Team Lebanon 'writing history' from Canadian hockey hub

#Sport

Dozens of players from across North America currently play for Lebanese national hockey team, a grassroots initiative with hopes set on Olympics

The team was built by Lebanese community members in Montreal (Jillian Kestler-D'Amours/MEE)
Jillian Kestler-D'Amours's picture
Last update: 
Wednesday 26 December 2018 22:25 UTC
Topics: 

MONTREAL, Canada - At first glance, Saturday night's hockey game was like any of the thousands of others taking place across Canada.

But as the starting rosters were read out over the arena's sound system - and fans wove red and white flags, emblazoned with a green cedar tree, enthusiastically in the stands - it was clear that something else was taking place.

The game was a chance to showcase Lebanese hockey talent - and give the close-knit community in Montreal something to cheer for.

Charles El-Mir, president of the Lebanese Ice Hockey Federation, said between 50 and 60 players – all of Lebanese descent, between ages 18 and 38 – currently play on the team.

They hail from across North America, but the majority are based in Canada, “the hub of ice hockey”, El-Mir said.

We say … that we are writing history, to be honest with you

- Charles El-Mir, Lebanese Ice Hockey Federation president

Last month, the Lebanese Ministry of Youth and Sport gave the federation official accredited status in Lebanon, making it the only official body representing Lebanese ice hockey players in the world.

That status also paves the way for the federation to apply to join the Lebanese Olympic Committee and the International Ice Hockey Federation, which would open the door to international matches, including at the Olympics.

The president of the Lebanese Olympic Committee, Jean Hammam, did the ceremonial puck drop at the start of the game in Montreal on 22 December, which saw the Lebanese side win 11-6 against a local team.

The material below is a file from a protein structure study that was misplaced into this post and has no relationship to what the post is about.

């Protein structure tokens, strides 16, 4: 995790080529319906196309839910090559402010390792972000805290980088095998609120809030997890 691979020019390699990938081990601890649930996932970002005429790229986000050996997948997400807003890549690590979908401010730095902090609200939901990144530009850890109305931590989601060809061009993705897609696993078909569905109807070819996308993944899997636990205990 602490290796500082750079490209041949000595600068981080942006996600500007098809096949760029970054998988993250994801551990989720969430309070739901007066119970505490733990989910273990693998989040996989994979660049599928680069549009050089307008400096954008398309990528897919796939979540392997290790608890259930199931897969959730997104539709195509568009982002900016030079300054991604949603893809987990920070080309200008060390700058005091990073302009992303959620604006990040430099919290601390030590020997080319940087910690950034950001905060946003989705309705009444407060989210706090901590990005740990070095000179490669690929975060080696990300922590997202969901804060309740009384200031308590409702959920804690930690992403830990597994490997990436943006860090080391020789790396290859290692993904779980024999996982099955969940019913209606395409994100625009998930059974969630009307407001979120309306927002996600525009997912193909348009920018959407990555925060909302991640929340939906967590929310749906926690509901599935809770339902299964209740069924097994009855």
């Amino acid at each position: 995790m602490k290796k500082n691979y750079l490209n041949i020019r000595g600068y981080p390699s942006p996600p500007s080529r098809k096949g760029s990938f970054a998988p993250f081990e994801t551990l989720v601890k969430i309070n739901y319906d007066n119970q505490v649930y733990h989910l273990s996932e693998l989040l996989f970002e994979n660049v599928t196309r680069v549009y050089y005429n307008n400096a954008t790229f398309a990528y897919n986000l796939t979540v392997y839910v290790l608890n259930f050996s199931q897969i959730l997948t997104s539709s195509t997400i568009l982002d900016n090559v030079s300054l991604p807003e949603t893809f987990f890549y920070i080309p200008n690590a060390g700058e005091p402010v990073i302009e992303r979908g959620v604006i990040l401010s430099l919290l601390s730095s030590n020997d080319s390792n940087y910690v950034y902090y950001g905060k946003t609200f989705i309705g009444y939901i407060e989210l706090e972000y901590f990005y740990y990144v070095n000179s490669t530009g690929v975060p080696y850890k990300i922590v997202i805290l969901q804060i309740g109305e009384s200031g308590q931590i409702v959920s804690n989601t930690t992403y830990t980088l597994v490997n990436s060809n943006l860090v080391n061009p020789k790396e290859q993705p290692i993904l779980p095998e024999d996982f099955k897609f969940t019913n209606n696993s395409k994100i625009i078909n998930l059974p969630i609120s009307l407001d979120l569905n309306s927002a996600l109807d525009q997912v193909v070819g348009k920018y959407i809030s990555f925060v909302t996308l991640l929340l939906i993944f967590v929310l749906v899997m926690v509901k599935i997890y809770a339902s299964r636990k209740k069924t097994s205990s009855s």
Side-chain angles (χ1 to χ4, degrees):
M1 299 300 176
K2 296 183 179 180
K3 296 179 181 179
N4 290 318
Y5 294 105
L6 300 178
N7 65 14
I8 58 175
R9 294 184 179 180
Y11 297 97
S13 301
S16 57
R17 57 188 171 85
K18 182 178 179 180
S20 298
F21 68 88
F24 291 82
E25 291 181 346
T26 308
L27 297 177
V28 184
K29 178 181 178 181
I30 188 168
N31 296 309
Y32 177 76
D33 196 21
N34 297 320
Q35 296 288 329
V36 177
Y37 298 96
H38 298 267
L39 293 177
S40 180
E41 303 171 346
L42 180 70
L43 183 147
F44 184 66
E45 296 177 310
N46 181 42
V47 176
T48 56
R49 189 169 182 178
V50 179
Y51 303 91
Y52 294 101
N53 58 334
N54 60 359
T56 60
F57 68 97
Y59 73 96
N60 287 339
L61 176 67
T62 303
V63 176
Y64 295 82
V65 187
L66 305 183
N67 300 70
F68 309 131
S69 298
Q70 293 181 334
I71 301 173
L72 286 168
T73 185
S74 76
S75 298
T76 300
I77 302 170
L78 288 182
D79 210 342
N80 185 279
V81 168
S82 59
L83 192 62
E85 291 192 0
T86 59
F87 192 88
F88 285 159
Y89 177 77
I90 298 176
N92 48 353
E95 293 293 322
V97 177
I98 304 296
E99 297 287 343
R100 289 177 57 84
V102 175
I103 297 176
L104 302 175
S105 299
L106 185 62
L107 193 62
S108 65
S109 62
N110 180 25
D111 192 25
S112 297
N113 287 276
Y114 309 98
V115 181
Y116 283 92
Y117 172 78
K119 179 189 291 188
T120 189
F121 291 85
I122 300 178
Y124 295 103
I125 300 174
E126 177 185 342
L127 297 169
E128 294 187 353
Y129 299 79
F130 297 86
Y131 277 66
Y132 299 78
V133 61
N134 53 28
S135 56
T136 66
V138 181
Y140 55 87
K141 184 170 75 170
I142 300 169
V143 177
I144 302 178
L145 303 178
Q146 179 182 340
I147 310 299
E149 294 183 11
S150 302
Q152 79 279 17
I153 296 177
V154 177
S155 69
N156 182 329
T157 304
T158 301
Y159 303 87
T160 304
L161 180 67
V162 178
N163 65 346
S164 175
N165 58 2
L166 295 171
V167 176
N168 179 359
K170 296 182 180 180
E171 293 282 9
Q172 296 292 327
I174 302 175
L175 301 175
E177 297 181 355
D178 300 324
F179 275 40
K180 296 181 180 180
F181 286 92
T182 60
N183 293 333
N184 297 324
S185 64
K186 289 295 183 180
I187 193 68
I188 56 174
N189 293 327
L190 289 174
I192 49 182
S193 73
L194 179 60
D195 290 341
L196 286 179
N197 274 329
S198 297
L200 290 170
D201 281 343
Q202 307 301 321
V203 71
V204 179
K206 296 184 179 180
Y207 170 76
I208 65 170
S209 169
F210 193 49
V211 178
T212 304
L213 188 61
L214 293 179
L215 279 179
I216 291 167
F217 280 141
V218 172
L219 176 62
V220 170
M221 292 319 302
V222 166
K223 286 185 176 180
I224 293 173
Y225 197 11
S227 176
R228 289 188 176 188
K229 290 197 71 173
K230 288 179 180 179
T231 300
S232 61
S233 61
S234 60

Ralph Melki, the team's coach, moved to Canada from Lebanon at age six. He started to play hockey two years later, after he asked his father - by that time, a fan of the Montreal Canadiens, the city's National Hockey League team - to sign him up. 

"I grew up here and fell in love with the game," Melki told Middle East Eye ahead of Saturday's game.



The Lebanese men's team played an exhibition game on 22 December in Montreal (Jillian Kestler-D'Amours/MEE)

When he moved onto coaching after his playing days ended in his later teenage years, Melki said he noticed the high number of talented players of Lebanese background in Montreal.

Melki said some of the players come from as far away as the US states of Ohio and Michigan, or the cities of Calgary and Edmonton in western Canada, to represent Lebanon.

"They're all dedicated," Melki told MEE. "We have talented players on the team."

For El-Mir, the next major goal is to build an ice rink in Lebanon and begin training more players there. But until then, the base remains in Montreal. “We say … that we are writing history, to be honest with you,” he told Middle East Eye.

“There is a lot of work to go on the next two years. A lot a lot of work, but at least it's a reality.”

Changing perceptions

This month also marked the first time the Lebanese Ice Hockey Federation helped get a women's team on the ice.

Ranging in age from 15 to 38, the players came to Montreal from across North America to play an exhibition match of their own on 22 December.

"It's surreal," said Sally Tarabah, the women's team's manager, who hails from New Jersey. She told Middle East Eye she said she spent four months scanning the rosters of university teams and others, searching for last names that hinted at Lebanese ancestry.

"We want to make it to the Olympics one day. It's a lofty goal - but why not?" she said.



The men's team warms up before the exhibition game in Montreal (Jillian Kestler-D'Amours/MEE)

The women had never played together before, but they bonded almost immediately, Tarabah said, revelling in their shared backgrounds and dreams of representing Lebanon.

"We all have this shared ancestry... All that matters is we're playing for the cedar," she told Middle East Eye. "This is history in the making."